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Venezuela court orders TV channel assets seizure

Venezuela court orders TV channel assets seizure

Venezuela's Supreme Court has ordered the seizure of about $5.7 million in assets belonging to a television channel that takes a critical line against President Hugo Chavez, a lawyer for the station said Thursday.
The channel Globovision had been trying to challenge a $2 million fine imposed by regulators for its coverage of a prison uprising last year.
Ricardo Antela, a lawyer for the news channel, said the Supreme Court notified the channel on Thursday of the embargo on its assets.
"It's an embargo for nearly triple the fine that had originally been imposed on Globovision," Antela said.
The Supreme Court did not immediately comment on the matter, not did government officials.
Globovision still has three pending appeals seeking to challenge the fine, while two have been rejected by courts, Antela said.
In one of those cases, the Supreme Court upheld the $2 million fine against Globovision in March.
Globovision, a 24-hour news network, has been the only anti-Chavez channel on the air since another opposition-aligned station, RCTV, was forced off cable and satellite TV in 2010. RCTV had been booted off the open airwaves in 2007.
Telecommunications regulators last year imposed the fine against Globovision accusing it of "apologizing for crime," "altering the public order" and promoting political intolerance during its coverage of an intervention by troops to quash rioting at El Rodeo prison.
The commission's director general, Pedro Maldonado, said at the time that for four days Globovision broadcast 18 emotional reports with relatives of the prisoners and repeated them almost 300 times, adding the sound of gunfire over the reports.
The June 2011 prison riot erupted after troops raided one of two adjacent prisons looking for weapons. The raid set off gunfights that left three dead, and the standoff finally ended with negotiations after 27 days. Authorities said four inmates who escaped also were slain by soldiers.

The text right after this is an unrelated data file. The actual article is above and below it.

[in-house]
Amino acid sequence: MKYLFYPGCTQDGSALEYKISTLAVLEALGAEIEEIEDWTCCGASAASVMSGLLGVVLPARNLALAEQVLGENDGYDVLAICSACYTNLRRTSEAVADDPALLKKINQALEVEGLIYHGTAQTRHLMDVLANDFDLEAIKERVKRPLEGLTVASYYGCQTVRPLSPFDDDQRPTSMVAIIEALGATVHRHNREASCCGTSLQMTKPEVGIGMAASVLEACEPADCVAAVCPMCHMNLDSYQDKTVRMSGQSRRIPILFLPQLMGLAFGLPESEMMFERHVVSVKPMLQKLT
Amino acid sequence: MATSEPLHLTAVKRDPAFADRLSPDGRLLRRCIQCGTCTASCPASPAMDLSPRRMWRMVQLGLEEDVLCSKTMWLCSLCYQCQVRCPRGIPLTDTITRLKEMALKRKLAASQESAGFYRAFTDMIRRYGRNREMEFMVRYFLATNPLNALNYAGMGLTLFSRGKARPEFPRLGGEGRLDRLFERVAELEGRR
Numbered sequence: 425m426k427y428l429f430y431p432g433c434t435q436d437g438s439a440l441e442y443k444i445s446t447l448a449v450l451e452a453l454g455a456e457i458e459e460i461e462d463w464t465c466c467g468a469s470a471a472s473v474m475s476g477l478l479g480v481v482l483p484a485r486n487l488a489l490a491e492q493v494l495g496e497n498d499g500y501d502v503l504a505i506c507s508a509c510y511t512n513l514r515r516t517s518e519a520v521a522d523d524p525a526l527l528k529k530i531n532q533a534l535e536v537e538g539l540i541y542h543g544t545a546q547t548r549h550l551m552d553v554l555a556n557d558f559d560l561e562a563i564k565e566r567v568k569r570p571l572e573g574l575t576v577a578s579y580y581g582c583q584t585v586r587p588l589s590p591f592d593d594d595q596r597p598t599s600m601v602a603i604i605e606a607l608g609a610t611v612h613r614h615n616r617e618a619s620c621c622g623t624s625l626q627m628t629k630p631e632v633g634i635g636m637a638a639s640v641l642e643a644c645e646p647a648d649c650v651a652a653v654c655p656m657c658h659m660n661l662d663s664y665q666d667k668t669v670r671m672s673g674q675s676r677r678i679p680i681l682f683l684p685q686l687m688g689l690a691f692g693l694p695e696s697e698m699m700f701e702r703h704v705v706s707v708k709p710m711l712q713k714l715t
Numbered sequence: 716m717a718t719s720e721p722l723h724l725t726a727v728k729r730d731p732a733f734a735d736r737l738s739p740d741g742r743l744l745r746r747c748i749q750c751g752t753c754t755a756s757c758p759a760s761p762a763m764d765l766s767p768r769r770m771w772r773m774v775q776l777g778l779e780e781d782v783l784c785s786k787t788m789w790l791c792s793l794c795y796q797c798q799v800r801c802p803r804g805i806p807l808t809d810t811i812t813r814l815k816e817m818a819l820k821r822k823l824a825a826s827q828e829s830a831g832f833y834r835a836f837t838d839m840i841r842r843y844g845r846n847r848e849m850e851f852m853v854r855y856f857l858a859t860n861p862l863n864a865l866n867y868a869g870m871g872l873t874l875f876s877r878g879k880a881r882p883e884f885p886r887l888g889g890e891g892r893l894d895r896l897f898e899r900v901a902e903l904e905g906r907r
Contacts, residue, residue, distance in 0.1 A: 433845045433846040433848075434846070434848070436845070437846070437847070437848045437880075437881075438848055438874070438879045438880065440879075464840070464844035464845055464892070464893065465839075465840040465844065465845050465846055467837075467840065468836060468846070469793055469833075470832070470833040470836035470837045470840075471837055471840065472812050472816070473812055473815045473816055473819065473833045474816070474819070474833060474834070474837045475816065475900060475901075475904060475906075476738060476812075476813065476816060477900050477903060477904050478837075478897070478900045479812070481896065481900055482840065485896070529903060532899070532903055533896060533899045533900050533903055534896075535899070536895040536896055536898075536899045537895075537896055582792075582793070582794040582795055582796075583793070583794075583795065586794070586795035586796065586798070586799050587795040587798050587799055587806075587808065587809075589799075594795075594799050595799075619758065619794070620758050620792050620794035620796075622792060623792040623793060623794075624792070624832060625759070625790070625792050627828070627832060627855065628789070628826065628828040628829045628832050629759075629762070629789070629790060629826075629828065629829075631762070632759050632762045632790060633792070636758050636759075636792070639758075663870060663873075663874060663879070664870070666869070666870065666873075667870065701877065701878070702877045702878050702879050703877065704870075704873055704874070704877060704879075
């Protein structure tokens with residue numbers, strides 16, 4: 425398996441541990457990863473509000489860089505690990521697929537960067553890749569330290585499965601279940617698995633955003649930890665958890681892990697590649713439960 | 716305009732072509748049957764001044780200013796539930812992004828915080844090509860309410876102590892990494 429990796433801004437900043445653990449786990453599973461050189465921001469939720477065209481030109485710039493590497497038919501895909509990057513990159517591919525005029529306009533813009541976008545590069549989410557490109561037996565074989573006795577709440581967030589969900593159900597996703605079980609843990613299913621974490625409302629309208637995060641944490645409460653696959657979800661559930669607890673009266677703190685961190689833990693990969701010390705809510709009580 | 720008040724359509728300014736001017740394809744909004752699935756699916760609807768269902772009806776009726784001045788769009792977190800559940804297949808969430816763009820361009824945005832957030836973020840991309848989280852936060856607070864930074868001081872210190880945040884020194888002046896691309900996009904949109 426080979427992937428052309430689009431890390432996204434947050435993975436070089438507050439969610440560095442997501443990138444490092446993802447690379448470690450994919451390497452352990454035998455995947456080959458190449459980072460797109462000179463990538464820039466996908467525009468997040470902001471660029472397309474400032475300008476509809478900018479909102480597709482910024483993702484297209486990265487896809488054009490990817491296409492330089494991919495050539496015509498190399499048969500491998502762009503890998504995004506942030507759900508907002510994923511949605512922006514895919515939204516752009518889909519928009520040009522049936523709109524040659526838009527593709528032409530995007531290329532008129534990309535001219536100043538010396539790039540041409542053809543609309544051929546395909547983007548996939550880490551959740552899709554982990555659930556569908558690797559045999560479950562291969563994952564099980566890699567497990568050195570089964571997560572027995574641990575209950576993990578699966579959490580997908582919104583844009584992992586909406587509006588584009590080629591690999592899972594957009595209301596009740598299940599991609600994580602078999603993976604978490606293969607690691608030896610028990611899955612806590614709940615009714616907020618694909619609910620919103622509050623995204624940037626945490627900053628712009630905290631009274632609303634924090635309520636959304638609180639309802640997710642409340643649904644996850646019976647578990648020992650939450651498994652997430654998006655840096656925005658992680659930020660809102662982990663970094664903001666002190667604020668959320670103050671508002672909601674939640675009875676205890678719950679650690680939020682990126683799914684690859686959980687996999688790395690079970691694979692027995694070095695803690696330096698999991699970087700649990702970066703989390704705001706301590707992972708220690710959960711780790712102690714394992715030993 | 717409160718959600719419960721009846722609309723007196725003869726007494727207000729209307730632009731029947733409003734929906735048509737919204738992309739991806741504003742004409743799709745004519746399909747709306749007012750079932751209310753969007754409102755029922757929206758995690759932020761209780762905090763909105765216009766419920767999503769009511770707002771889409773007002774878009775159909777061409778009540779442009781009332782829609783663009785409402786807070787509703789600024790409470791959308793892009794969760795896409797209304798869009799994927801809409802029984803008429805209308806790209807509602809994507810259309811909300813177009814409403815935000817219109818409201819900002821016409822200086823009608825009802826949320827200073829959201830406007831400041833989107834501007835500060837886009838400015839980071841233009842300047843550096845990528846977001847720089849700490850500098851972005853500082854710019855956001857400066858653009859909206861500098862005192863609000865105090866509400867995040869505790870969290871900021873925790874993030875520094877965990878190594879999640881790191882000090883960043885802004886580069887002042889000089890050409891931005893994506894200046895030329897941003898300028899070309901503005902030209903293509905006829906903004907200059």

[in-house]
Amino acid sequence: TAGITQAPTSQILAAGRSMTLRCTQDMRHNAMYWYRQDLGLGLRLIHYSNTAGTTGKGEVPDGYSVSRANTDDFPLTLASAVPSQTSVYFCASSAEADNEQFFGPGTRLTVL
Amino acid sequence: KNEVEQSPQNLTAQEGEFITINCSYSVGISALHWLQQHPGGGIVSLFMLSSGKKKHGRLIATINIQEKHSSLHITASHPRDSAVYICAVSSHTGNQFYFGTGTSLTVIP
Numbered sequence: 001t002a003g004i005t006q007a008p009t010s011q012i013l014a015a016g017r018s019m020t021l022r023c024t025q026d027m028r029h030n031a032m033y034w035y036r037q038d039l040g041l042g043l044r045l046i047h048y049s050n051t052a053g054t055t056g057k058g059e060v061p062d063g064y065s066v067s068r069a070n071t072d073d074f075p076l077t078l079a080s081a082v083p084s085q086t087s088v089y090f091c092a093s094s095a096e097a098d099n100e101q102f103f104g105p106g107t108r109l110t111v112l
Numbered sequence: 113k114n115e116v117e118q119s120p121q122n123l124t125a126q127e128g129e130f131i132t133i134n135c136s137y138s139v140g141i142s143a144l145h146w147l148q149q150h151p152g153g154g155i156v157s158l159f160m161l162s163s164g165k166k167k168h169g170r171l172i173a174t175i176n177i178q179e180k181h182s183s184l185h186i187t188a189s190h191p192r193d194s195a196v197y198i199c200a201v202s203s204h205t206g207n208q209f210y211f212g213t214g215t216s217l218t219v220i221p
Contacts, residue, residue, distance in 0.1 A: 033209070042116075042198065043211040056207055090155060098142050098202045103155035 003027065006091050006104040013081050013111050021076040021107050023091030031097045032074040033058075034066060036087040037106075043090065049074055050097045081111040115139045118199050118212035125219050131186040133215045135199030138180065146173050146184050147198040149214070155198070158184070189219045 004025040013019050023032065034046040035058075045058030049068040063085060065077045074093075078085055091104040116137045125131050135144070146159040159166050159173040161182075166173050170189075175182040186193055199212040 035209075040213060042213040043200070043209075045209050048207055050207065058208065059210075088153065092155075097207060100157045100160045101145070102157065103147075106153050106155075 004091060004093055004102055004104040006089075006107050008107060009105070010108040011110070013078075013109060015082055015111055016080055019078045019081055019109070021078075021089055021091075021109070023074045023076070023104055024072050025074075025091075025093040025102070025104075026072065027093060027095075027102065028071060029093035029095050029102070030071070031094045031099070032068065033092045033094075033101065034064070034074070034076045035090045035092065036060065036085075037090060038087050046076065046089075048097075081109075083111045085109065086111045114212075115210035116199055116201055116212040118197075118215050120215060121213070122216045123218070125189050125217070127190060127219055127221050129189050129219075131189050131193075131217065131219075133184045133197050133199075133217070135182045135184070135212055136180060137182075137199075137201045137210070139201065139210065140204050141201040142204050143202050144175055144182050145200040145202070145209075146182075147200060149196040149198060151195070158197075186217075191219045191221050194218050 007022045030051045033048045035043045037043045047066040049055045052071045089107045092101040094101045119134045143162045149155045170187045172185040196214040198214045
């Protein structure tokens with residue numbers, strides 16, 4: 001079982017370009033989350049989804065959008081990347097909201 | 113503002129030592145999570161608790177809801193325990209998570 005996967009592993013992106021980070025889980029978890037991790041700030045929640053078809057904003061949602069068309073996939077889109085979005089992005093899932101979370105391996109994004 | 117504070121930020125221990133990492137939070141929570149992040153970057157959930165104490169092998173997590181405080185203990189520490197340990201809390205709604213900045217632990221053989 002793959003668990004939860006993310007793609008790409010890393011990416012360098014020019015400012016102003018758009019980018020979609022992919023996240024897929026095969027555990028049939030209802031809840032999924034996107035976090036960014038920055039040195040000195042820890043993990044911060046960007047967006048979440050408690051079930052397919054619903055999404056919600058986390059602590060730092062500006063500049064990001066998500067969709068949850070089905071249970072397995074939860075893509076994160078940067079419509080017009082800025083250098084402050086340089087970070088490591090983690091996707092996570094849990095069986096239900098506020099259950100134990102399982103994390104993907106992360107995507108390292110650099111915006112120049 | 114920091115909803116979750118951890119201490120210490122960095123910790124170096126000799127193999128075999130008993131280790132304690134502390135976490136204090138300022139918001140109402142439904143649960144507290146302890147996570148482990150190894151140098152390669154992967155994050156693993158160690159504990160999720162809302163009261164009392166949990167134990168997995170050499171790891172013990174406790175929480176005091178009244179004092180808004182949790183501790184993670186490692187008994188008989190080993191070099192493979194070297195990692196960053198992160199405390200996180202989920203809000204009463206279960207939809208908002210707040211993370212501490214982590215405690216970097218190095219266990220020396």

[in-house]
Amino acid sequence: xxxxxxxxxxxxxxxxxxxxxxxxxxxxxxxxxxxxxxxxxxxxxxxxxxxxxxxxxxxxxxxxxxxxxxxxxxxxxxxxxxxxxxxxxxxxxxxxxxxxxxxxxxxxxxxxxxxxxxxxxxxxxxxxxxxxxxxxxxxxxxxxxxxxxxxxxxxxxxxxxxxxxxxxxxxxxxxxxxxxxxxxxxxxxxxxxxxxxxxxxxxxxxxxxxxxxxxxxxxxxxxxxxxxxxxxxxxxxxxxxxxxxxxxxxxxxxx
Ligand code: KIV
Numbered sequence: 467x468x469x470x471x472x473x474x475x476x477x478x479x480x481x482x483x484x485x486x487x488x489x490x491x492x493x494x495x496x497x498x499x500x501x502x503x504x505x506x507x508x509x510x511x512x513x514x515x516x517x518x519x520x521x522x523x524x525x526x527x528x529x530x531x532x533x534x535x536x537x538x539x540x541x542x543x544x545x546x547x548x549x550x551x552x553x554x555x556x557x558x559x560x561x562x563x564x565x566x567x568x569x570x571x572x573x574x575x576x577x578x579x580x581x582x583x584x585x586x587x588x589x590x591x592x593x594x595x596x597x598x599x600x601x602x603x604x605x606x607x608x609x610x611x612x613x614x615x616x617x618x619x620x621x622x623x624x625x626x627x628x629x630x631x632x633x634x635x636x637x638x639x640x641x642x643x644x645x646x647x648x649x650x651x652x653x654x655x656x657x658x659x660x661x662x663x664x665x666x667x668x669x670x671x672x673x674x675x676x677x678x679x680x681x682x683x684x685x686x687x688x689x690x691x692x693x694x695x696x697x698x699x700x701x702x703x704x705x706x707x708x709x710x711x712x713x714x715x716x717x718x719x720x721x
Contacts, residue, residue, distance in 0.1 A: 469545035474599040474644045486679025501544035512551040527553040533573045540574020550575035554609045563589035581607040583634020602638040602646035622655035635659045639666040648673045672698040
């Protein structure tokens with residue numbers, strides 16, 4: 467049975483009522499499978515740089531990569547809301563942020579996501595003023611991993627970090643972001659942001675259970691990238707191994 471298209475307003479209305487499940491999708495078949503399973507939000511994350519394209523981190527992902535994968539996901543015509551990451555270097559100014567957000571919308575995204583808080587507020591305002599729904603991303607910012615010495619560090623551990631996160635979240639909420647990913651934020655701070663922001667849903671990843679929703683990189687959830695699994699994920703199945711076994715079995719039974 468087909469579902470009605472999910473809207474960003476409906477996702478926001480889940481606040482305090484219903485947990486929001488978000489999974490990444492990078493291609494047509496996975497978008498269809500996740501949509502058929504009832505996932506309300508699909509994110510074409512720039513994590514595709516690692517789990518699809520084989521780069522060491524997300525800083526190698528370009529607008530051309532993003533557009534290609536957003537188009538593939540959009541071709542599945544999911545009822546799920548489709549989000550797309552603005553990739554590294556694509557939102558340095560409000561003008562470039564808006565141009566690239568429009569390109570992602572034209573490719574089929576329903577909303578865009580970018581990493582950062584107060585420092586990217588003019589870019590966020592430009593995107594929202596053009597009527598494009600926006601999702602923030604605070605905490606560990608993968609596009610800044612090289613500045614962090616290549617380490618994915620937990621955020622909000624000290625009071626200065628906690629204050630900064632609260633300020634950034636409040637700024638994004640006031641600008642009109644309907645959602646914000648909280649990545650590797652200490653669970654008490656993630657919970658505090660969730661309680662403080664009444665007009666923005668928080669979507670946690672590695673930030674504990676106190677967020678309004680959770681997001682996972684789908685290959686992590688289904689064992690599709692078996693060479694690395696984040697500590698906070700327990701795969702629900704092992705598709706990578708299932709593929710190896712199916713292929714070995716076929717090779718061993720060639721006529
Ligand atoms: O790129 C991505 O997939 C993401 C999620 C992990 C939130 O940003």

The station has accused Chavez's government of trying to shut it down, and has said it did nothing wrong. Globovision's majority owner, Guillermo Zuloaga, fled into exile in 2010 after a court issued an arrest warrant on charges of usury and conspiracy. He has accused prosecutors of carrying out a vendetta on orders from Chavez.
Maria Fernanda Flores, a vice president of the channel, denounced the Supreme Court's latest decision as "a new blow against freedom of expression and a way to intimidate" Globovision ahead of the country's Oct. 7 presidential election.
Chavez is seeking another six-year term in the vote. Globovision has provided an important outlet for opposition candidate Henrique Capriles to get out his message, while state television and other state-run media are largely monopolized by coverage of Chavez's appearances.
"This decision doesn't surprise us because we're about to begin an election campaign in which the government tends to take judicial actions to intimidate the independent private media," Flores told reporters.
"Don't worry, Globovision is going to be in the election campaign," she said. "We don't kneel before power."


Updated : 2021-07-28 23:21 GMT+08:00